Ambushed as he approaches an English estate, Lord Cort Dornogard trusts no one…least of all spirited Gaelic healer Alexis Fallon, who fascinates even as she defies him.
The magnificent Norse warrior is a threat to both Alexis’ heart and her cherished autonomy, for she harbors a secret about the ambush she cannot reveal. Honesty will cost her her freedom. But silence may cost her far more.
Cort harbors a damning secret of his own–one guaranteed to foment rebellion among his new subjects. The escalating attacks and accidents confirm that fear. His foes, both English and Norman, will exploit what he hides to destroy him, his dreams, and the woman he’s grown to love.
Snared in a web of castle intrigue, passion, and betrayal, Cort and Lexi are each far more than either suspects. Will they discover too late that truth is a two-edged sword?
Review: At the outset, let me say that O’Key captures the medieval period, and has obviously done research to get the terms right and the historical setting accurate. I give her full marks for that. Her medieval voice is believable. She can write well and this is an enjoyable story. Still, I did have a few issues with it that kept me from giving the story a higher rating.
Her hero, Lord Cort Dornogard, is a sensitive knight, who has seen his share of fighting and prefers to be building a castle on the land he has claimed as his. Once he has decided to settle in the Cotswolds in Southern England, on the spur of the moment he decides to take Lady Alexis Fallon, the niece of the prior lord, as his wife. Since he’s been kissing her at every opportunity, this made sense. I did like the scene where he makes his intent known. Cort is easily distracted by Lexi (which seemed unusual for a well-trained knight), falling off his horse in the quatrain practice, running into things, etc. Most of the book consists of their courting and a few attacks by enemies. The entire story takes place in or near the Saxon estate (he’s building a castle but it is only begun).
O’Key’s writing style is unique, often using abbreviated wording, which left me wondering who said what or what was going on (at least for several paragraphs). It got better as the story went along (or perhaps I just got used to it). She tended to begin scenes without making clear whose head we were in, and opening in the middle of something, which caused me to mentally pause until I could catch up (and I’m not slow). In an attempt, no doubt, to add mystery, the villain’s identity is not disclosed to us though in one scene we are in his/her head. (Even at the end I wasn’t sure if the villain’s accomplice or the villain had done some of the deeds as this wasn’t made clear—still I always knew who the villain was–there just weren’t enough characters to make it a hard guess.)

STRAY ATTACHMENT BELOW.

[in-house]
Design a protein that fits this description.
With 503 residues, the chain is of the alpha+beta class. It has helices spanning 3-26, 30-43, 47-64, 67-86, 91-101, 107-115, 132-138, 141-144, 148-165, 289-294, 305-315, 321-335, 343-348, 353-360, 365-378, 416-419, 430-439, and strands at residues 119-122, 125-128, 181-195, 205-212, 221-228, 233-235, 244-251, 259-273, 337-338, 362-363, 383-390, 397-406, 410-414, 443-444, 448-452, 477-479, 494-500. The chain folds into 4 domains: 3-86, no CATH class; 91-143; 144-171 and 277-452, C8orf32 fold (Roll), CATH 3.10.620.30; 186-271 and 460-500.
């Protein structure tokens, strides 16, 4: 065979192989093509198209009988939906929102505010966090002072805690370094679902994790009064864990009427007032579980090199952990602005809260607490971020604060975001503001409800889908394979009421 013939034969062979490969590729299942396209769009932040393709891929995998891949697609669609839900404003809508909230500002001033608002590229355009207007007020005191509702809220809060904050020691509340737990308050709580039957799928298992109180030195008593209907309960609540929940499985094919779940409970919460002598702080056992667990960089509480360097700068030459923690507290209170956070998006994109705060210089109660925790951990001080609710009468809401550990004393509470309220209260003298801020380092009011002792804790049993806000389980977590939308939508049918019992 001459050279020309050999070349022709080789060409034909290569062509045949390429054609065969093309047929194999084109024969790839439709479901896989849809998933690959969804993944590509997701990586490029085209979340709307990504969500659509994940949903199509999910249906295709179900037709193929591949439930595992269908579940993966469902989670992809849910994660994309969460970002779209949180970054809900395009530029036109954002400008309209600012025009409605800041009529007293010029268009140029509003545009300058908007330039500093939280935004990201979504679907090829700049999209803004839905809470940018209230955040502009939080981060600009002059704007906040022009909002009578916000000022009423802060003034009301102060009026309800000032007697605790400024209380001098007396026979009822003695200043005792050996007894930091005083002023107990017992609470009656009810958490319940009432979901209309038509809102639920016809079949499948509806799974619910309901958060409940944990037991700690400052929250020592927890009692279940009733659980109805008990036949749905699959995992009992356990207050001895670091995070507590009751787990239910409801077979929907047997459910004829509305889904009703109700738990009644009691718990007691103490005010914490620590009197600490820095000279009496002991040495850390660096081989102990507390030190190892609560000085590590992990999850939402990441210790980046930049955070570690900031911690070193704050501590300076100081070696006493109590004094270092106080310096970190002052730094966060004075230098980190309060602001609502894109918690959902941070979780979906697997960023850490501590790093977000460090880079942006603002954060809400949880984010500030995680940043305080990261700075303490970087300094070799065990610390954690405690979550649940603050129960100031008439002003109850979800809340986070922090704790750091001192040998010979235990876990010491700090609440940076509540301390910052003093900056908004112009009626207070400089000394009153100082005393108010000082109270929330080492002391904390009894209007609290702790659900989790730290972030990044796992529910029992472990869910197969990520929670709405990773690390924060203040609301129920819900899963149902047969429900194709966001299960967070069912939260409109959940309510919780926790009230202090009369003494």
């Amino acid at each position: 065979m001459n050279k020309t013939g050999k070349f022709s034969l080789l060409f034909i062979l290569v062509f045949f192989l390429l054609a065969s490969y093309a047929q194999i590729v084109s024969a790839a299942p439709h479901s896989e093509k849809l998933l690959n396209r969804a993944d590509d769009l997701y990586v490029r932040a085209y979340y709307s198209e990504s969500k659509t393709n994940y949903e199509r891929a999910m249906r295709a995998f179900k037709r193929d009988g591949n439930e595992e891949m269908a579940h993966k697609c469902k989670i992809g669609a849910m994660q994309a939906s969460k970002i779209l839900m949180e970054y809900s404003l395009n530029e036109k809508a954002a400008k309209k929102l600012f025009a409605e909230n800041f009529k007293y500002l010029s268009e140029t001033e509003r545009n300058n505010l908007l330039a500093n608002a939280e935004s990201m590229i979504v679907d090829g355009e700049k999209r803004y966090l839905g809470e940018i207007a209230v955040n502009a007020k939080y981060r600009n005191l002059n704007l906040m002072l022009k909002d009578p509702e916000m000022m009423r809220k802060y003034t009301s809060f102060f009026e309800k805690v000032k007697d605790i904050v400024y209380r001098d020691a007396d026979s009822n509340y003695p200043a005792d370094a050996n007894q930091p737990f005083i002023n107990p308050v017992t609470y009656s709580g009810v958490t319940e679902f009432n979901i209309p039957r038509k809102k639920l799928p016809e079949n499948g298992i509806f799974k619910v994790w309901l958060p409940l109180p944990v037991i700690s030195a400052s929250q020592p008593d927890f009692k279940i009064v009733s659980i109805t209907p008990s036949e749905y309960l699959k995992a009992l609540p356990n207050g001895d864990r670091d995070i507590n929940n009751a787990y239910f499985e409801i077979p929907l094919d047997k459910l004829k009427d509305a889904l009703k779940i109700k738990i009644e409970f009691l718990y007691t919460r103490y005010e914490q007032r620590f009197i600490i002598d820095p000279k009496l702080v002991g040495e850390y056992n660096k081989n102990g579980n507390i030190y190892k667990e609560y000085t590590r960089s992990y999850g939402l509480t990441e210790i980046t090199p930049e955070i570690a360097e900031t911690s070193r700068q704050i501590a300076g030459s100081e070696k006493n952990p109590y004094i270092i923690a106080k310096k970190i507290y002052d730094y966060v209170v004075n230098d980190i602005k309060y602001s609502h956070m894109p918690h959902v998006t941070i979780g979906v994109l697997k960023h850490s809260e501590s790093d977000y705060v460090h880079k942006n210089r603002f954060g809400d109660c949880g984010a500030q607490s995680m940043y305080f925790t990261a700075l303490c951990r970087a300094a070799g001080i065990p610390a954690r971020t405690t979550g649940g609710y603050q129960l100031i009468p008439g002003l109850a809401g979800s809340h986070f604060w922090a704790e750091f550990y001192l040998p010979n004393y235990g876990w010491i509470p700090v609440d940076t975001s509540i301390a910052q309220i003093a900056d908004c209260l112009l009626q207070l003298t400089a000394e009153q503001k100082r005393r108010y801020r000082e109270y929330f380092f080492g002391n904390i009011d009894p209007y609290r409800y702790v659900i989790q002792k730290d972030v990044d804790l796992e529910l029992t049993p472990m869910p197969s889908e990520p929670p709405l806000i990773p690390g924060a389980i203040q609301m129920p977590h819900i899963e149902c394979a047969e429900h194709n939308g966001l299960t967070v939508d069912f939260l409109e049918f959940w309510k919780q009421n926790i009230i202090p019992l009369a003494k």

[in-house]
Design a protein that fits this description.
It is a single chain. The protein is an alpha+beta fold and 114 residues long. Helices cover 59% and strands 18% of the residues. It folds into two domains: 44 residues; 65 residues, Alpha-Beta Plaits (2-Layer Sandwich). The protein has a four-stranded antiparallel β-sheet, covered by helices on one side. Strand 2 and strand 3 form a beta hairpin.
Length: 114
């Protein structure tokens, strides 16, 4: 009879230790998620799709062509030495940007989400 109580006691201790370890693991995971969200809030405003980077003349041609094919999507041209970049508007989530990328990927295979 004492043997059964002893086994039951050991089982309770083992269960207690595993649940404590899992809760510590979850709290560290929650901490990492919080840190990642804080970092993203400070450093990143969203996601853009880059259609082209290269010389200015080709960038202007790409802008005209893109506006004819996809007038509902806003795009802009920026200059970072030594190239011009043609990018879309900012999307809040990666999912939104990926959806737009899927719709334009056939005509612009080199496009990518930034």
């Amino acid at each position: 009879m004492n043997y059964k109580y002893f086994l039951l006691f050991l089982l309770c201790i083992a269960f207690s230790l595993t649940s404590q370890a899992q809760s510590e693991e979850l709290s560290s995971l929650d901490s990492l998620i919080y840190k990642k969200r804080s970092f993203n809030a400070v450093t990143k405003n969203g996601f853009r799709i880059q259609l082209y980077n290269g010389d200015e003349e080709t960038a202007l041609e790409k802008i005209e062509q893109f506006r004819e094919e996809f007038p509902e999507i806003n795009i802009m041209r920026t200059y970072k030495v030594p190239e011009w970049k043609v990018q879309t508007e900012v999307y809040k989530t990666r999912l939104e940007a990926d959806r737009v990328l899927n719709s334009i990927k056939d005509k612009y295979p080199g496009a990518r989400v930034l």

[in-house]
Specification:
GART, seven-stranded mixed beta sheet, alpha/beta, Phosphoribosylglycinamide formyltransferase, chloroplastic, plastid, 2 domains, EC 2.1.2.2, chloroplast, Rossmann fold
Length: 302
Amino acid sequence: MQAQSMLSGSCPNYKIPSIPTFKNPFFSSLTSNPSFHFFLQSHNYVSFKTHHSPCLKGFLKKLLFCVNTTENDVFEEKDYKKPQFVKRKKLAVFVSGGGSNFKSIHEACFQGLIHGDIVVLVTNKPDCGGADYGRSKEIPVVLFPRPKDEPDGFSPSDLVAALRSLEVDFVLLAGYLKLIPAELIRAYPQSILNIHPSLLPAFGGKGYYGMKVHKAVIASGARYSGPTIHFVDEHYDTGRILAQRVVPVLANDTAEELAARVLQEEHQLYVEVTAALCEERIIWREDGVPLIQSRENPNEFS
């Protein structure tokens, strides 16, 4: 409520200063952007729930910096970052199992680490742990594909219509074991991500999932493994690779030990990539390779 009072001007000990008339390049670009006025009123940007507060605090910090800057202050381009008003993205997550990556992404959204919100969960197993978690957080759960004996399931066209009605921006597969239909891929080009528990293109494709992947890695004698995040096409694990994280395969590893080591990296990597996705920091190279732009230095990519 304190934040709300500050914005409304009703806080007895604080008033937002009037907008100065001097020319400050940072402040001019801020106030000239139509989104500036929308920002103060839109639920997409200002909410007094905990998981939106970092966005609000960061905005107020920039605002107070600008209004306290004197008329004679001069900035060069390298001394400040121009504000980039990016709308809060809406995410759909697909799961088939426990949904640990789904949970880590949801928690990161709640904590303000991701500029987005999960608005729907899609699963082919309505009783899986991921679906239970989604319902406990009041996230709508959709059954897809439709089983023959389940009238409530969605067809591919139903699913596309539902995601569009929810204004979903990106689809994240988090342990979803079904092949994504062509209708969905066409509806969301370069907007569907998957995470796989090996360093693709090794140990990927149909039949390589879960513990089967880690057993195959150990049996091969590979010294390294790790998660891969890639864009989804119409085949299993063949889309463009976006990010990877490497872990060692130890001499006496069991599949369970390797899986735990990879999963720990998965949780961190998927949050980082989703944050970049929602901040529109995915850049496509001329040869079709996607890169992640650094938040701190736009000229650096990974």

As you might think, I found the story a bit predictable: I knew from the outset what Lexi’s secret was and who the villain was, and where the story was going. Cort’s anger, though a bit over the top, was also predictable when it came. On the other hand, I found Lexi’s approach to their physical relationship a bit bizarre for a well born girl in the 11th century (her thought: “They would take each other with equal ferocity this first time…”). And I found the attitudes of Lexi and her female cousin toward the conquering Normans also a bit odd. They would have known of the brutality and the raping and pillaging that accompanied the Norman invasion, but none of that is mentioned except in the context of Hastings and then there is no mention of anyone they knew dying. Instead, the two women have no problem with marrying a Norman. I could see where they may be forced to do it for pragmatic reasons but fully embrace it? Not sure about that.
The hero and heroine, while interesting, have little background nor any issues: Cort is a successful knight with a nice family (yes he has one enemy but who doesn’t?); Lexi also has a nice family, including a loyal brother. Both have pets they love. In other words, they didn’t have anything to work through, not even the fact they come from warring peoples. Trust was mentioned as an issue but really that was only due to Cort’s initial uncertainty about Lexi; it didn’t keep him from marrying her.
One nit: King William I is one of the characters (left hanging when the action happens at the end), and the author describes him as short. Actually, he was believed to be 5’10”, two inches taller than the average man at the time. While not significant, when I read he was “short” it caused me to pause.
Overall, it was mildly entertaining—I think of it as Medieval Romance Lite.
Favorite Quote: “…one man’s commitment to another should not rest solely on necessity or fear. Strong bonds require the heart and soul.”